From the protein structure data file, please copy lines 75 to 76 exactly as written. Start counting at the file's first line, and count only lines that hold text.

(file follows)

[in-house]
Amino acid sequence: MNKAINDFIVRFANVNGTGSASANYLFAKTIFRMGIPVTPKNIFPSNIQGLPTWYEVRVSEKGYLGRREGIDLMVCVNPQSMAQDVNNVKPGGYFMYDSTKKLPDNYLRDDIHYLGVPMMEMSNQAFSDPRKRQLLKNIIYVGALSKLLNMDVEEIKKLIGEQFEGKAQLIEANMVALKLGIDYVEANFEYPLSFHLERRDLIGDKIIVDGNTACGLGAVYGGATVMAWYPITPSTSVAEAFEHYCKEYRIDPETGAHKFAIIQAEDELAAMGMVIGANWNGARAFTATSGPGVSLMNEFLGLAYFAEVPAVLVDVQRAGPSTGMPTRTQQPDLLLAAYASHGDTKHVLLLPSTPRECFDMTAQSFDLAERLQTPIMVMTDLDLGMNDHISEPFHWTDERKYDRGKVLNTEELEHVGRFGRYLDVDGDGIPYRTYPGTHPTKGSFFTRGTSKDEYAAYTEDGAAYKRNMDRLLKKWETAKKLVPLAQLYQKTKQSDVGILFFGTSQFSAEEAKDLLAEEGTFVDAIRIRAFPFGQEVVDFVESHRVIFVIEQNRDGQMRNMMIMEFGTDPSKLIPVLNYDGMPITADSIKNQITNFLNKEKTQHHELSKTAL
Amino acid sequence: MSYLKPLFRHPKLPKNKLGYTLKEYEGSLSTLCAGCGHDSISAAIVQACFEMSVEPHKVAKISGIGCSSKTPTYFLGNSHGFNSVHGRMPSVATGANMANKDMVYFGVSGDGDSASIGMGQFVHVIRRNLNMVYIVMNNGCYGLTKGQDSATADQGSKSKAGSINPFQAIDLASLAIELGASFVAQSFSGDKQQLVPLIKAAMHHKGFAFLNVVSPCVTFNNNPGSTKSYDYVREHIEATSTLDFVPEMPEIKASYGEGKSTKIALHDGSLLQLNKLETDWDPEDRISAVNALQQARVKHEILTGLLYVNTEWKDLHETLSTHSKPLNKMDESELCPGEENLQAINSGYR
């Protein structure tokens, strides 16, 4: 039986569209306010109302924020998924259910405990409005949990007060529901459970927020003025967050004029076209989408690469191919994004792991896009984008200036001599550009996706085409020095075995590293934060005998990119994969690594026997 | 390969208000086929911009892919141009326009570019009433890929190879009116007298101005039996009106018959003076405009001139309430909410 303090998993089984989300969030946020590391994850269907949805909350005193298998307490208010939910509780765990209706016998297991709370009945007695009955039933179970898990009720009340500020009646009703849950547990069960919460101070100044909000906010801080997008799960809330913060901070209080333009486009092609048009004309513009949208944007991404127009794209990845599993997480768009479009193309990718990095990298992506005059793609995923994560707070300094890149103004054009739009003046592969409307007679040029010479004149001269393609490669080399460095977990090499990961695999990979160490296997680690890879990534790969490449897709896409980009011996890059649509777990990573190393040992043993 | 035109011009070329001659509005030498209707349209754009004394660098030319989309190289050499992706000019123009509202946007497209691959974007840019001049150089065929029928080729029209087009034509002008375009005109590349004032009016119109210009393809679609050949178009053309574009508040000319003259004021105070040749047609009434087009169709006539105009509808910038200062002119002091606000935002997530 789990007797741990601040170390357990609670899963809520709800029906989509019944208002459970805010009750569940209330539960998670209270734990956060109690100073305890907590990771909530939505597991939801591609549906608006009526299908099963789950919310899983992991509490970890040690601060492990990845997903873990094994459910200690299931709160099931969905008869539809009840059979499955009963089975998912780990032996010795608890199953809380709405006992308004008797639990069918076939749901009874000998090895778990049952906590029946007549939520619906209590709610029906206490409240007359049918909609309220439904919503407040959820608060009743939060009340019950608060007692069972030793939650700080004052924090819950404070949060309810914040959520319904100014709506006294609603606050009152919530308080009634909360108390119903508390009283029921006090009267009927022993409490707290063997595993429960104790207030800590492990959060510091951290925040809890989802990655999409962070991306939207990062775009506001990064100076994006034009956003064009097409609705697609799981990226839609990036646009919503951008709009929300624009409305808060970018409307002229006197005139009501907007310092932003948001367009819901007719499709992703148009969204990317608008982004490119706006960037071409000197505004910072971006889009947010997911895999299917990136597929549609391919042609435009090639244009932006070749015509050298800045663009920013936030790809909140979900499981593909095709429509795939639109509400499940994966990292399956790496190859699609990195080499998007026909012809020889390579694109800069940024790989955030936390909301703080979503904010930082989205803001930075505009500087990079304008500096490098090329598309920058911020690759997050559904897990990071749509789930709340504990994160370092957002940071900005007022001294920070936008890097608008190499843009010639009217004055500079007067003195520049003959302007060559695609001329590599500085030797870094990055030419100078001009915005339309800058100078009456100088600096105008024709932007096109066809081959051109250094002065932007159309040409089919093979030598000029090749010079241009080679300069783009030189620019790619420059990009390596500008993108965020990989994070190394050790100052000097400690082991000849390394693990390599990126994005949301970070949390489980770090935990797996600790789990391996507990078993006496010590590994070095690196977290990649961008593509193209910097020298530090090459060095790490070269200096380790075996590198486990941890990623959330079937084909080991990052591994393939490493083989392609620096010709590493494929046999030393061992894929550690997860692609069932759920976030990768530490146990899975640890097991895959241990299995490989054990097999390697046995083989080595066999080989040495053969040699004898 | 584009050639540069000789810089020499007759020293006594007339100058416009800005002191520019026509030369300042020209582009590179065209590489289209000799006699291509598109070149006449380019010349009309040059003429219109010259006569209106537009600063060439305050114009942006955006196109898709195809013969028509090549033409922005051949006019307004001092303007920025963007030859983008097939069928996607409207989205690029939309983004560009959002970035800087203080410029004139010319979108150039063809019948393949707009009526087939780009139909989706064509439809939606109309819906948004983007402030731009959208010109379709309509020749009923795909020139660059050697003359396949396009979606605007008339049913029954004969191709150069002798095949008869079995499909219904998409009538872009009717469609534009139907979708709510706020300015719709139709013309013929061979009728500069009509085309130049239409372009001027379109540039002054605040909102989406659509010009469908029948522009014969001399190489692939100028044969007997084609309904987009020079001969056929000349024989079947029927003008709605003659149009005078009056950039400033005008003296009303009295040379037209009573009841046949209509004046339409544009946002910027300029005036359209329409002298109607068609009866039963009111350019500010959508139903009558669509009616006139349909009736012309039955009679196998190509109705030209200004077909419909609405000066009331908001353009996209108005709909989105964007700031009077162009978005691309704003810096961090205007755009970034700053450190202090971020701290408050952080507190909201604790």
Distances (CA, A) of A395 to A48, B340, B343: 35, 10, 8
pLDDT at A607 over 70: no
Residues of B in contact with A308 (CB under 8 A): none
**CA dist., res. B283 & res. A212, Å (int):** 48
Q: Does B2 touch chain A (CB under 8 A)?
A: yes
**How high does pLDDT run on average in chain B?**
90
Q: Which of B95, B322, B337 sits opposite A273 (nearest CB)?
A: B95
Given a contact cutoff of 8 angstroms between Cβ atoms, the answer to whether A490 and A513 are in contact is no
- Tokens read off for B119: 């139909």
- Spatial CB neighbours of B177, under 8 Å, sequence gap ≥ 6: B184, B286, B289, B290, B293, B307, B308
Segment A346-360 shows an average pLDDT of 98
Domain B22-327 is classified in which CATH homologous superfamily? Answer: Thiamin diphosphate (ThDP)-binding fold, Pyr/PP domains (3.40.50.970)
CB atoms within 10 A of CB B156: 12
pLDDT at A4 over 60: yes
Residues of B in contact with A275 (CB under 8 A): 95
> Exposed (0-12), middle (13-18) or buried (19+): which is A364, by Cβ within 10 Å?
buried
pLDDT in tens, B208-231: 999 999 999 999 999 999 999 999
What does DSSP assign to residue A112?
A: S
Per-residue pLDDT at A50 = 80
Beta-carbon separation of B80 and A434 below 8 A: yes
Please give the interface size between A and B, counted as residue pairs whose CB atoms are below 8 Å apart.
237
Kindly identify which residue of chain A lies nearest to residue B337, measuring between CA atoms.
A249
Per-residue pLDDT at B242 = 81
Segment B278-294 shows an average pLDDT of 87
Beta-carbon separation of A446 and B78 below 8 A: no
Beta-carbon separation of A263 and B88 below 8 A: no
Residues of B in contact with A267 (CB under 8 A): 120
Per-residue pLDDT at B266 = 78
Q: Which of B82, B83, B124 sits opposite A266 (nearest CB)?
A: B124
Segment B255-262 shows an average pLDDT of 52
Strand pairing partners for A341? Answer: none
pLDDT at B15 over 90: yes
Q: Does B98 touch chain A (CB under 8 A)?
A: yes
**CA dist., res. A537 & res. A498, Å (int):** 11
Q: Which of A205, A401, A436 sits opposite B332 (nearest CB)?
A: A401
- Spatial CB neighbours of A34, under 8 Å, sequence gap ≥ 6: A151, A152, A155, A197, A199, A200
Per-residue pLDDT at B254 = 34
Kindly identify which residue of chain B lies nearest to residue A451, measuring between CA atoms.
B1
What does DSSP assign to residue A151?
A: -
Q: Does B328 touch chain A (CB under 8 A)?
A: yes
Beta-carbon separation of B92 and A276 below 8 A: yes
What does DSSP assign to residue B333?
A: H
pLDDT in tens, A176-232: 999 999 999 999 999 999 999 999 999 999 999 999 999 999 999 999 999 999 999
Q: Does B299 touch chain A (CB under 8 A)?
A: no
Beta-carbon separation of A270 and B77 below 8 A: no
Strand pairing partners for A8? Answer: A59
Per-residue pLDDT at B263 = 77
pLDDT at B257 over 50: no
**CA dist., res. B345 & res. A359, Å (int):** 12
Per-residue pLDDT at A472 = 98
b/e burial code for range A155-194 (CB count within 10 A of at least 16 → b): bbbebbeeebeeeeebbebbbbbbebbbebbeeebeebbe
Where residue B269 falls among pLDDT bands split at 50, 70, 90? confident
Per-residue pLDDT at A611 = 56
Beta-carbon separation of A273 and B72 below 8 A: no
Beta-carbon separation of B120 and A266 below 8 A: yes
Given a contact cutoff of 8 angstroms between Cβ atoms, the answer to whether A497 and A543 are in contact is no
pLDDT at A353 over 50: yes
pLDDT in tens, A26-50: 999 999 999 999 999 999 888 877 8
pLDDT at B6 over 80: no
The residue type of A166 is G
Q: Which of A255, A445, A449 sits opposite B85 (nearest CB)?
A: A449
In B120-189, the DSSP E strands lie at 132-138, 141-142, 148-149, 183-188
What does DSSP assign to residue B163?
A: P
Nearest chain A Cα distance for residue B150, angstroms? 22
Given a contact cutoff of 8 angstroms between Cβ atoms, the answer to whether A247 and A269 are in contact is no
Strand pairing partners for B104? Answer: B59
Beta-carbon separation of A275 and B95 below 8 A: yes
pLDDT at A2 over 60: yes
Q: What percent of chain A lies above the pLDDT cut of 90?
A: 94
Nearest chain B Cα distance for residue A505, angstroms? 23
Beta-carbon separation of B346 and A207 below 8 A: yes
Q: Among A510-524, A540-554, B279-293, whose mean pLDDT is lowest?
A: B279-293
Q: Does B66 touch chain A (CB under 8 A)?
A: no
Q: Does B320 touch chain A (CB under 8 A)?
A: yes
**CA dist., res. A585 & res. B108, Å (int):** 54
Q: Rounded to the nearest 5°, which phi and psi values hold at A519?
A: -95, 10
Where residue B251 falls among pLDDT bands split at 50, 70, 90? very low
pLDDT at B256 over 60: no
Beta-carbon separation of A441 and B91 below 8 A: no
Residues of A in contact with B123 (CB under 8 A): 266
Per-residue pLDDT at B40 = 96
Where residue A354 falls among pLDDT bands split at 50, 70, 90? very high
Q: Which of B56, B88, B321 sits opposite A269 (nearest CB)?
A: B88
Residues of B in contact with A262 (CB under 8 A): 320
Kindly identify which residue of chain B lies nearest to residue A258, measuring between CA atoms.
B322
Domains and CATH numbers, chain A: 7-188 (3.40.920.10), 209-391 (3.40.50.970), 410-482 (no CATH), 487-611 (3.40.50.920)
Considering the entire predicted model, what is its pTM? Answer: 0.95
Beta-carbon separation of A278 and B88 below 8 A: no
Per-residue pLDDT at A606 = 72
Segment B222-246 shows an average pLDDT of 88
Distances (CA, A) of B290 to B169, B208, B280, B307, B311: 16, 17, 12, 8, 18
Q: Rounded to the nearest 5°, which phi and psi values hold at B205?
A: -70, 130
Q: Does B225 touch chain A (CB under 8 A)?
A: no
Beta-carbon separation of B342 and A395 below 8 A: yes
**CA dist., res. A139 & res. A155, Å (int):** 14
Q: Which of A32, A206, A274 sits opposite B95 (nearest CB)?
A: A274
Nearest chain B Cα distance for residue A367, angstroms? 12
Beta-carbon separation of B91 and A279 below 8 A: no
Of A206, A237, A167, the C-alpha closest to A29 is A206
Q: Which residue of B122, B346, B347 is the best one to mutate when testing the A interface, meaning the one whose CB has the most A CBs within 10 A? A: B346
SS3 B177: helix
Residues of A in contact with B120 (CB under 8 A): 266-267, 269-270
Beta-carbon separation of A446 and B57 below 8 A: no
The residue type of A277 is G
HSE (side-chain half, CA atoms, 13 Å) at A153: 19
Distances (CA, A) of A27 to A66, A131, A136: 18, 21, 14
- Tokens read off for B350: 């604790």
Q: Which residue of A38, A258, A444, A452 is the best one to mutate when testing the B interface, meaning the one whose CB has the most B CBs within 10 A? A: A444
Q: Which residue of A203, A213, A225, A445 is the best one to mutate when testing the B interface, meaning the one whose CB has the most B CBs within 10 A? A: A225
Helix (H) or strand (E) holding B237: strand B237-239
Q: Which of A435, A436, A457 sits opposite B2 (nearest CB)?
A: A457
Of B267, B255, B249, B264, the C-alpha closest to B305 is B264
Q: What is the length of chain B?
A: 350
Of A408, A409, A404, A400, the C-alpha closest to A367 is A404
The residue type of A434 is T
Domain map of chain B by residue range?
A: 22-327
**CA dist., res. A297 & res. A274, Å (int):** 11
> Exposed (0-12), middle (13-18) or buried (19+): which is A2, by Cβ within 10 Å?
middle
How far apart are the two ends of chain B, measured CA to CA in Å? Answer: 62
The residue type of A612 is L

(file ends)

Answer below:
Given a contact cutoff of 8 angstroms between Cβ atoms, the answer to whether A497 and A543 are in contact is no
pLDDT at A353 over 50: yes